Savanna's full Q1 2013 report, including its management's discussion and analysis and condensed consolidated financial statements, is available on Savanna's website (www.savannaenergy.com) under the investor relations section and has also been filed on SEDAR at www.sedar.com.
Savanna will host a conference call for analysts, investors and interested parties on Tuesday, May 7, 2013 at 10:00 a.m. Mountain Time (12:00 p.m. Eastern Time) to discuss the Company's first quarter results. The call will be hosted by Ken Mullen, Savanna's President and Chief Executive Officer and Darcy Draudson, Executive Vice President, Finance and Chief Financial Officer.
If you wish to participate in this conference call, please call 1-888-892-3255 (for participants in North America). Please call 10 minutes ahead of time.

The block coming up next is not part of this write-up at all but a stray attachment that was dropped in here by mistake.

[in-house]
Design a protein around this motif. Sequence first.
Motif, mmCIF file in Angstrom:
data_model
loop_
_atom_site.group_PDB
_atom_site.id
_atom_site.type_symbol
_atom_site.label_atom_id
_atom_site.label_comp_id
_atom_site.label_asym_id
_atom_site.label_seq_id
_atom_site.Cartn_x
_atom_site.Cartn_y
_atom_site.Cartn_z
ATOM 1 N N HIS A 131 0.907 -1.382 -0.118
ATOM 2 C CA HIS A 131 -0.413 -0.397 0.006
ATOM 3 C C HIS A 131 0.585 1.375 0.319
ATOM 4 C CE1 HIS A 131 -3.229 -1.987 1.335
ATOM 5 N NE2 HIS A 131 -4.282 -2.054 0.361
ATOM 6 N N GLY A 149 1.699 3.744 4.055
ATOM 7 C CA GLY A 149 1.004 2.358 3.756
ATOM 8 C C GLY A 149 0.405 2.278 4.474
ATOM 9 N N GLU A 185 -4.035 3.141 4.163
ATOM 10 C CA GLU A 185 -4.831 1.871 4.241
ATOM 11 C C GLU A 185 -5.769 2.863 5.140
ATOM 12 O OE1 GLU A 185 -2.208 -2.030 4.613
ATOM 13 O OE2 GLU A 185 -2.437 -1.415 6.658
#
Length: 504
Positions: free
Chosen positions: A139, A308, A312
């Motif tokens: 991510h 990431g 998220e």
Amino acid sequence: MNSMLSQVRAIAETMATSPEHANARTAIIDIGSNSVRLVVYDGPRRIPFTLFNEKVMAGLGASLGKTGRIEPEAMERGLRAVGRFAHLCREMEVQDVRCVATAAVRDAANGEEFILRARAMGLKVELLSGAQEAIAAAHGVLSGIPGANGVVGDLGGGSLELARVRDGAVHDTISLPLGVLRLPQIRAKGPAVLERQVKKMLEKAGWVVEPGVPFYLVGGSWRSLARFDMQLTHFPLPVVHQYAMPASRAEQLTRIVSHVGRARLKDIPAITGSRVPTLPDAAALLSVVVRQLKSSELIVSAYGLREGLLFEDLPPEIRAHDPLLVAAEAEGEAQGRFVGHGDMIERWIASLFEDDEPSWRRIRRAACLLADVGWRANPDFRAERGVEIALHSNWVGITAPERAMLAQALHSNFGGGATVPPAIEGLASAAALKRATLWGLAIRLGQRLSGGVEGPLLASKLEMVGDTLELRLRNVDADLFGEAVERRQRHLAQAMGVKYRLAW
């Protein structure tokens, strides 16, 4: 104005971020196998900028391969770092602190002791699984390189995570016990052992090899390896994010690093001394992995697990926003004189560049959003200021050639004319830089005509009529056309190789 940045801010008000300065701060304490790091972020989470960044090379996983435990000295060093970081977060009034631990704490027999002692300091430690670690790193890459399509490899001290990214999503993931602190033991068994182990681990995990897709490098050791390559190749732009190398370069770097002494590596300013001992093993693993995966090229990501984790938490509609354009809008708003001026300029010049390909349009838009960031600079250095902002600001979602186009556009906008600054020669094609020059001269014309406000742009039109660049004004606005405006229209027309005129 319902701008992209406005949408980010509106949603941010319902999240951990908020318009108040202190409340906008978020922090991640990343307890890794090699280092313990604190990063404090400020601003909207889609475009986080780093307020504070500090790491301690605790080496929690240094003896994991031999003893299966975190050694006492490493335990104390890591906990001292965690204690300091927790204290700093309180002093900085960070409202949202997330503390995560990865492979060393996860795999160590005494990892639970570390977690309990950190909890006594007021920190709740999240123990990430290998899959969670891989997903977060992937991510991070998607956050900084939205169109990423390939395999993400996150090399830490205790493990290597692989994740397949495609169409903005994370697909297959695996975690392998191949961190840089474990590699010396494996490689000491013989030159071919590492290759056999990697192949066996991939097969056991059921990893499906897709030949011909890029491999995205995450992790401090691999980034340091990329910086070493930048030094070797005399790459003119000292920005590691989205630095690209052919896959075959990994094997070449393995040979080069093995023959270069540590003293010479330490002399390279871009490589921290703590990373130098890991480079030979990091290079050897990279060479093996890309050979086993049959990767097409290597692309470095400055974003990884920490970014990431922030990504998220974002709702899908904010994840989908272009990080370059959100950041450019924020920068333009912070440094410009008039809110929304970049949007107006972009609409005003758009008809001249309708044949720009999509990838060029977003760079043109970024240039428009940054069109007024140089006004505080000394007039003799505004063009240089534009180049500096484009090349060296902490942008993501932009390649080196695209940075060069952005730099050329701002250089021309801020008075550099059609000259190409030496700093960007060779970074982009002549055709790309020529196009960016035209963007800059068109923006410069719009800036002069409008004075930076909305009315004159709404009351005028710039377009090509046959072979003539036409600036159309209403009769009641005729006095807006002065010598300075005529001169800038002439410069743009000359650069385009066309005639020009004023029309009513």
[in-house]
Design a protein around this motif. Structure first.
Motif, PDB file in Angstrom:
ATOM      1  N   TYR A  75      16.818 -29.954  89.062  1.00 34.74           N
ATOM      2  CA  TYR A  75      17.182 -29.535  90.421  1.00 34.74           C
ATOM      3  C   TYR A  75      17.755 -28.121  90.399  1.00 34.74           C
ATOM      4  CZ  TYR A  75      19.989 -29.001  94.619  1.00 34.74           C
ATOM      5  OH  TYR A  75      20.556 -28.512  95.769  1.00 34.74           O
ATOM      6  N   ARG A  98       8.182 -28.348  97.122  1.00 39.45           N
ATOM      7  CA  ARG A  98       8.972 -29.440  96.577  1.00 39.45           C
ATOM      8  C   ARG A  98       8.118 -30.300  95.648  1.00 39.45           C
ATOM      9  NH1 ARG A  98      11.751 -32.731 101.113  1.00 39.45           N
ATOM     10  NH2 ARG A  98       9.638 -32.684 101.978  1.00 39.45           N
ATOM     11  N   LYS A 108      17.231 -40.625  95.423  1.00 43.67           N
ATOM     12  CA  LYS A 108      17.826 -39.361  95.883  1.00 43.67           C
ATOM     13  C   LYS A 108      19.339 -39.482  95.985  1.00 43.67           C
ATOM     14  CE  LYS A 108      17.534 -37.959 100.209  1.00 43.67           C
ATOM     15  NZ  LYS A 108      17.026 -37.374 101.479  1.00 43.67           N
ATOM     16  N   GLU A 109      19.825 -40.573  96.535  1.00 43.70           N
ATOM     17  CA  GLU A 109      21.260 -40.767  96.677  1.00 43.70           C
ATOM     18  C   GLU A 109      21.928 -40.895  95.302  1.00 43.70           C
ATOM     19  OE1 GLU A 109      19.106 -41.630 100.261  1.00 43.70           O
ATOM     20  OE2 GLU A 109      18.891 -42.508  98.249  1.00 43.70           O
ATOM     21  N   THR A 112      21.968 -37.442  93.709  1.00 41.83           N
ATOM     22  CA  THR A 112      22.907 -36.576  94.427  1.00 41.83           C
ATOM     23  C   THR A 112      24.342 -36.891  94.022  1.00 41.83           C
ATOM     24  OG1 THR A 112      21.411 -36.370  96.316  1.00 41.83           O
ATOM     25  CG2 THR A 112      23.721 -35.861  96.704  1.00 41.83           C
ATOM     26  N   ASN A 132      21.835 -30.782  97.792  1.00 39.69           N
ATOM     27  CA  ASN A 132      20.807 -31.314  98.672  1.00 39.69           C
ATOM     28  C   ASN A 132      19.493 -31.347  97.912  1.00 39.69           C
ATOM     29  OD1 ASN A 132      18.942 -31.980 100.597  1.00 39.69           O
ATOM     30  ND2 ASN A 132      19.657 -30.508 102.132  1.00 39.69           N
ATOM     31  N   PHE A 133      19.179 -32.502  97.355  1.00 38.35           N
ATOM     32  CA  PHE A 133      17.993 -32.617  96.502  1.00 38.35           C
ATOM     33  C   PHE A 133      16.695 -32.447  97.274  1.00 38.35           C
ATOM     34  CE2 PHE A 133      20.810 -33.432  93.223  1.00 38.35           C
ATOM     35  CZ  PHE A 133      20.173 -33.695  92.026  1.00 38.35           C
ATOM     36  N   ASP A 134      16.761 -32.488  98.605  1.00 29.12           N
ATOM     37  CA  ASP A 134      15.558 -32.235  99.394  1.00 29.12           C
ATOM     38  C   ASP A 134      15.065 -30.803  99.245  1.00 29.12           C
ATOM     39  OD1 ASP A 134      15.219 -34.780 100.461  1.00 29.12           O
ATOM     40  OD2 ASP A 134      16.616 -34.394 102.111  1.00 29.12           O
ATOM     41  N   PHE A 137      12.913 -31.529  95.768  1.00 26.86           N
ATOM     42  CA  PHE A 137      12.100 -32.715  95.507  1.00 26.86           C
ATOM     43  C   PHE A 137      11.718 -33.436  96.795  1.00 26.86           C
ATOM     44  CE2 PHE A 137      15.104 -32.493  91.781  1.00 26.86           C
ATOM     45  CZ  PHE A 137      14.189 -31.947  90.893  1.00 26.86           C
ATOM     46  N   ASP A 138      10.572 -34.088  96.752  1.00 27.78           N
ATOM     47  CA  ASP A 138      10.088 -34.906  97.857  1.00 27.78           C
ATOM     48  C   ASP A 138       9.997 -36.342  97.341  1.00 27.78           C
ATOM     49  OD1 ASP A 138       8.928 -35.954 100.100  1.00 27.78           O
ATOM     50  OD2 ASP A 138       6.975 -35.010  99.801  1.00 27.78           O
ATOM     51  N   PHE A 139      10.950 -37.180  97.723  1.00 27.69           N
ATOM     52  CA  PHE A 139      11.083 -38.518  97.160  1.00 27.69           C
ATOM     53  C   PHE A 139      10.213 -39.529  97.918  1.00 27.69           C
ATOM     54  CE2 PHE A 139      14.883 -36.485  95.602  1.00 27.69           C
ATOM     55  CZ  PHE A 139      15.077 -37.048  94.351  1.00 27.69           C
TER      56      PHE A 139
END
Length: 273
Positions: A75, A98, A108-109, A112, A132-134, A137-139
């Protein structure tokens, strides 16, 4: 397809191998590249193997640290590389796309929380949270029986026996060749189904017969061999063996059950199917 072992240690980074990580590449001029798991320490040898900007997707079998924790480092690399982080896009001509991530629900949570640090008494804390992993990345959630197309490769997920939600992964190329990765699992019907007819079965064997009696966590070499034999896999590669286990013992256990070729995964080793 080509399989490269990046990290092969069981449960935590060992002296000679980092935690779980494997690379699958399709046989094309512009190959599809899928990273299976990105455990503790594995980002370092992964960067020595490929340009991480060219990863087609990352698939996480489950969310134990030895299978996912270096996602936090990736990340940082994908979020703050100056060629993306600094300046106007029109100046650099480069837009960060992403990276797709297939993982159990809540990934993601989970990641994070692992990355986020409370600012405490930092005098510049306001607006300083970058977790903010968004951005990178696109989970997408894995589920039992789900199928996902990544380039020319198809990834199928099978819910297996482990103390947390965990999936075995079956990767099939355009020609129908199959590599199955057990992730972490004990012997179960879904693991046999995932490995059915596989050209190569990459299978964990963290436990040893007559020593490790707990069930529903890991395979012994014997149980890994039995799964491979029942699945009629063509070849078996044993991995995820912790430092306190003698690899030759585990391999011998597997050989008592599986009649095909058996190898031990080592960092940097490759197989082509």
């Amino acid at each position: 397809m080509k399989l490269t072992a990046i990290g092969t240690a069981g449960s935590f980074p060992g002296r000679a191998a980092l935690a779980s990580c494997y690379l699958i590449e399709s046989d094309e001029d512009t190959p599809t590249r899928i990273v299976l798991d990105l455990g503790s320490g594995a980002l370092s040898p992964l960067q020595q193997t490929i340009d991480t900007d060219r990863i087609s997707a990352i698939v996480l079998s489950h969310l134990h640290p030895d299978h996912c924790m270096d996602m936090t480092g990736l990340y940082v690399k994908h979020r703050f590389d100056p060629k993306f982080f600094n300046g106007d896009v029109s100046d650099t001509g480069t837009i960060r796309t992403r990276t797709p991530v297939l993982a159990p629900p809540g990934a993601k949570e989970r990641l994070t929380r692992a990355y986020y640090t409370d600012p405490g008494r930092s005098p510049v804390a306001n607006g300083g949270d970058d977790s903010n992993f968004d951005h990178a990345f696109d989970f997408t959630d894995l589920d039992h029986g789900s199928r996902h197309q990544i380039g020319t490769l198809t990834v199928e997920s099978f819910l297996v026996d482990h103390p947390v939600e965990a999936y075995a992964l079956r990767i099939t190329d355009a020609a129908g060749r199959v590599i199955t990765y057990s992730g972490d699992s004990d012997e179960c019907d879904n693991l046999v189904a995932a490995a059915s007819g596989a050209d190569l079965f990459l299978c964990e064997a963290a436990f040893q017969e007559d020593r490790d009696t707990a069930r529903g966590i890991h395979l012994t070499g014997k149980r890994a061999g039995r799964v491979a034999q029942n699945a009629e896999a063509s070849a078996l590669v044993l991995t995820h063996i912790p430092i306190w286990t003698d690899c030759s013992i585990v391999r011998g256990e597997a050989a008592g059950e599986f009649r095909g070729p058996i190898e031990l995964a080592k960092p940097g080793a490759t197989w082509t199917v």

A replay of the call will be available until May 14, 2013 by dialing 1-800-937-6305 and entering passcode 436282.
Savanna is a Canadian-based drilling and oilfield services provider with operations in Canada, the United States and Australia, focused on providing fit for purpose equipment and technologies.
FOR FURTHER INFORMATION PLEASE CONTACT:
Savanna Energy Services Corp.
President and Chief Executive Officer
Savanna Energy Services Corp.
EVP Finance and Chief Financial Officer